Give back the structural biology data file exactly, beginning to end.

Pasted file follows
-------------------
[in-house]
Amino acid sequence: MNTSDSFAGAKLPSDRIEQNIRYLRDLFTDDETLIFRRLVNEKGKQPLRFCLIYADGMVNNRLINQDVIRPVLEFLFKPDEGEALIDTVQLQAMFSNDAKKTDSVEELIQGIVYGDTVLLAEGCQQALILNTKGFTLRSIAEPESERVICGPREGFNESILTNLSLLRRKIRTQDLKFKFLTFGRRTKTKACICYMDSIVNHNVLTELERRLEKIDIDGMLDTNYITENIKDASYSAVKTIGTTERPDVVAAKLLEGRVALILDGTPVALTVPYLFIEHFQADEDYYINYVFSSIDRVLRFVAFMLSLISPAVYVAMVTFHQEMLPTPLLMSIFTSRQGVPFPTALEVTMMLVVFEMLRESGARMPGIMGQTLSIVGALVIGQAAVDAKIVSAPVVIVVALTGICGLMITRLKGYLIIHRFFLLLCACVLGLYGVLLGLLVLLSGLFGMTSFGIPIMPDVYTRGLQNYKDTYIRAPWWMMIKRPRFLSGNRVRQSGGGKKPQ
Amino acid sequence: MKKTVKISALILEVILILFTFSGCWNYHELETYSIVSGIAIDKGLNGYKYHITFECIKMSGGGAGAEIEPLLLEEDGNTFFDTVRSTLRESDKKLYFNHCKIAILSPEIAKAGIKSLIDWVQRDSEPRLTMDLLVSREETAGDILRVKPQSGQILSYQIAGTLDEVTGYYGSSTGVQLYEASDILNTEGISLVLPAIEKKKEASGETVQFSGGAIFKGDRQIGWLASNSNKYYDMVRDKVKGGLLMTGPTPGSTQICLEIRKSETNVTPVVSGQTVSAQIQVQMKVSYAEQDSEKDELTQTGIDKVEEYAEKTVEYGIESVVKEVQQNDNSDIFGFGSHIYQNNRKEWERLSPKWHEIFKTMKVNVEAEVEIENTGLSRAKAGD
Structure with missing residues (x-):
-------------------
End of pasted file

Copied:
[in-house]
Amino acid sequence: MNTSDSFAGAKLPSDRIEQNIRYLRDLFTDDETLIFRRLVNEKGKQPLRFCLIYADGMVNNRLINQDVIRPVLEFLFKPDEGEALIDTVQLQAMFSNDAKKTDSVEELIQGIVYGDTVLLAEGCQQALILNTKGFTLRSIAEPESERVICGPREGFNESILTNLSLLRRKIRTQDLKFKFLTFGRRTKTKACICYMDSIVNHNVLTELERRLEKIDIDGMLDTNYITENIKDASYSAVKTIGTTERPDVVAAKLLEGRVALILDGTPVALTVPYLFIEHFQADEDYYINYVFSSIDRVLRFVAFMLSLISPAVYVAMVTFHQEMLPTPLLMSIFTSRQGVPFPTALEVTMMLVVFEMLRESGARMPGIMGQTLSIVGALVIGQAAVDAKIVSAPVVIVVALTGICGLMITRLKGYLIIHRFFLLLCACVLGLYGVLLGLLVLLSGLFGMTSFGIPIMPDVYTRGLQNYKDTYIRAPWWMMIKRPRFLSGNRVRQSGGGKKPQ
Amino acid sequence: MKKTVKISALILEVILILFTFSGCWNYHELETYSIVSGIAIDKGLNGYKYHITFECIKMSGGGAGAEIEPLLLEEDGNTFFDTVRSTLRESDKKLYFNHCKIAILSPEIAKAGIKSLIDWVQRDSEPRLTMDLLVSREETAGDILRVKPQSGQILSYQIAGTLDEVTGYYGSSTGVQLYEASDILNTEGISLVLPAIEKKKEASGETVQFSGGAIFKGDRQIGWLASNSNKYYDMVRDKVKGGLLMTGPTPGSTQICLEIRKSETNVTPVVSGQTVSAQIQVQMKVSYAEQDSEKDELTQTGIDKVEEYAEKTVEYGIESVVKEVQQNDNSDIFGFGSHIYQNNRKEWERLSPKWHEIFKTMKVNVEAEVEIENTGLSRAKAGD
Structure with missing residues (x-):